The daughter of Harith ibn Hazan and Hind bint Awf, Umm Fadl was the wife of the Prophet’s uncle Abbas ibn Abdul Muttalib (ra). Her sisters Maimoona, Salma and Asma bint Umays (ra) were all married in the Prophet’s family, as well.
Today, when raising one or two children has become troublesome for some women, Umm Fadl birthed seven. Her motherhood skills can be best assessed by looking at her children. Her son Abdullah ibn Abbas (ra) is one of the greatest scholars of Islam, an authentic hadith narrator, and also the Qur’an translator. Her son Ubaidullah was a jurist. She is also the foster mother of the Prophet’s grandson Hasan (ra).
Her real name was Lubaba bint Harith but the birth of her first son Fadl gave her the title of Umm Fadl. She is also the narrator of approximately thirty ahadith.
The Lady of Goodness
Umm Fadl (ra) was the leader of the women of her tribe. She enjoyed great status and honour. When she heard the message of Islam she readily accepted it. By this virtue, she became the second woman after Khadija (ra) who embraced Islam. This shows the goodness of her character. She did not wait for others to tell her what she must do. She did not worry about what people are going to say. She followed her heart and accepted the path that Allah (swt) called her towards.
Lessons to draw: The forerunners are distinctively mentioned in the Qur’an. They are those who rush to do the good deeds. They are few in number and appear strange to others. But they do not worry about the people. They are only concerned with pleasing Allah (swt). We too should let go of our procrastination and laziness and hasten towards the path of goodness.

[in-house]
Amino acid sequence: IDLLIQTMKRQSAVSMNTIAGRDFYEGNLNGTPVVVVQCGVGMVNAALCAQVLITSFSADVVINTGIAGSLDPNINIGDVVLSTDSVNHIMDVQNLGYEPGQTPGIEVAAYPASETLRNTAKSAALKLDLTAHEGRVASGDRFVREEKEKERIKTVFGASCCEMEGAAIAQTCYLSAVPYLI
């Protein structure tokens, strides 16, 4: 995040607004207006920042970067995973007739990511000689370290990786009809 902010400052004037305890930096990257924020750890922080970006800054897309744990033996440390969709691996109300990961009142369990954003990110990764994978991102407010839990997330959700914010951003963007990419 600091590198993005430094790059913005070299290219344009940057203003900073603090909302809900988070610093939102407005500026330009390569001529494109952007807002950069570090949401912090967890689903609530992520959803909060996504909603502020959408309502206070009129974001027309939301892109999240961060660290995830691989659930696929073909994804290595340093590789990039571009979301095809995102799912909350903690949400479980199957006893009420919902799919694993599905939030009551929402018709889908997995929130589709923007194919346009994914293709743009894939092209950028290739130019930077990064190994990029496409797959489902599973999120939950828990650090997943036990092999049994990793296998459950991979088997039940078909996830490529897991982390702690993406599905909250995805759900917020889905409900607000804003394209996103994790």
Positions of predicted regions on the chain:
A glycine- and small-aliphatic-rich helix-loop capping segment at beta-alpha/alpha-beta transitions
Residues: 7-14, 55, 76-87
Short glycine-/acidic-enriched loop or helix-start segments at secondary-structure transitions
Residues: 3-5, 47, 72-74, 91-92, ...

Strength, Courage and Physical Energy
Conversion to Islam brought along many hardships upon her and her family. They now belonged to the weakest and the most helpless segment of their society. Gifted by Allah (swt) in valour and physical energy, Umm Fadl used these characteristics for the service of Islam and the defence of the Prophet (sa). She would stand up against Abu Lahb and his wife Umm Jameel, the ferocious enemies of the Prophet (sa).
Her servant Abu Rafeh narrates an incident after the conquest of Badr. He was sitting in his den making bowls when Abu Lahb came strolling. Someone shouted, “Abu Sufyan,” and Abu Lahb signalled him to come and share the news of Badr. Abu Sufyan began by telling how the Muslims overcame them. He shared how horsemen dressed in white would not let anything stand in their way. Hearing this, Abu Rafeh jumped and screamed in joy, “By Allah! They were angels.” Abu Lahb slapped him violently. He got on top of him and started beating. Abu Rafeh, a feeble man, could not fight back. Umm Fadl who too was sitting in the den got up and hit Abu Lahb on the head. She said, “Did you consider him weak? Did you attack him because his owner is not here?” Badly bruised and humiliated, Abu Lahb left for home.
Lessons to draw: We learn that women should reflect on what skills and traits Allah (swt) has blessed them with, and how best they can use them for the sake of Allah (swt). We also learn one must stand up and defend the weak and the oppressed. We can begin by helping out our domestic helps and giving them a direction in life, in sha Allah.
(Adapted from the book: Seerat e Sahabiyat k Darakshan Pehlu by and the lectures of Dr. Farhat Hashmi: Seerat e Sahabiyat)